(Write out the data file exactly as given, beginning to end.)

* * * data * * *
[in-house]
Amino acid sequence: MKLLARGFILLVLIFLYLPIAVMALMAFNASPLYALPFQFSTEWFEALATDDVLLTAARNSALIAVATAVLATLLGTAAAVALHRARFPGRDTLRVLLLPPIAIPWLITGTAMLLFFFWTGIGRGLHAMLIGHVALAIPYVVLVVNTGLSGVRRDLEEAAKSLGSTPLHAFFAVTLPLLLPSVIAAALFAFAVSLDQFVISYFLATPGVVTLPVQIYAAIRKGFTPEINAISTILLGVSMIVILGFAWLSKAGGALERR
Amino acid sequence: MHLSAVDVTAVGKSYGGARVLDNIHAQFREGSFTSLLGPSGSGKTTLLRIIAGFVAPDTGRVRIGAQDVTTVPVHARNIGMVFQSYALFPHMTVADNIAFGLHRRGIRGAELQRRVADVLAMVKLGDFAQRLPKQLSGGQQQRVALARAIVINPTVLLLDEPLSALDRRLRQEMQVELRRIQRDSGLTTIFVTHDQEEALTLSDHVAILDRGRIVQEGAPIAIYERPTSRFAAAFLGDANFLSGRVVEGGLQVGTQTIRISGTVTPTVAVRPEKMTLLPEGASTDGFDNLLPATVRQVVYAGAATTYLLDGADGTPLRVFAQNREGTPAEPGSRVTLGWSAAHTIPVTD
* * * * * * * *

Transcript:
[in-house]
Amino acid sequence: MKLLARGFILLVLIFLYLPIAVMALMAFNASPLYALPFQFSTEWFEALATDDVLLTAARNSALIAVATAVLATLLGTAAAVALHRARFPGRDTLRVLLLPPIAIPWLITGTAMLLFFFWTGIGRGLHAMLIGHVALAIPYVVLVVNTGLSGVRRDLEEAAKSLGSTPLHAFFAVTLPLLLPSVIAAALFAFAVSLDQFVISYFLATPGVVTLPVQIYAAIRKGFTPEINAISTILLGVSMIVILGFAWLSKAGGALERR
Amino acid sequence: MHLSAVDVTAVGKSYGGARVLDNIHAQFREGSFTSLLGPSGSGKTTLLRIIAGFVAPDTGRVRIGAQDVTTVPVHARNIGMVFQSYALFPHMTVADNIAFGLHRRGIRGAELQRRVADVLAMVKLGDFAQRLPKQLSGGQQQRVALARAIVINPTVLLLDEPLSALDRRLRQEMQVELRRIQRDSGLTTIFVTHDQEEALTLSDHVAILDRGRIVQEGAPIAIYERPTSRFAAAFLGDANFLSGRVVEGGLQVGTQTIRISGTVTPTVAVRPEKMTLLPEGASTDGFDNLLPATVRQVVYAGAATTYLLDGADGTPLRVFAQNREGTPAEPGSRVTLGWSAAHTIPVTD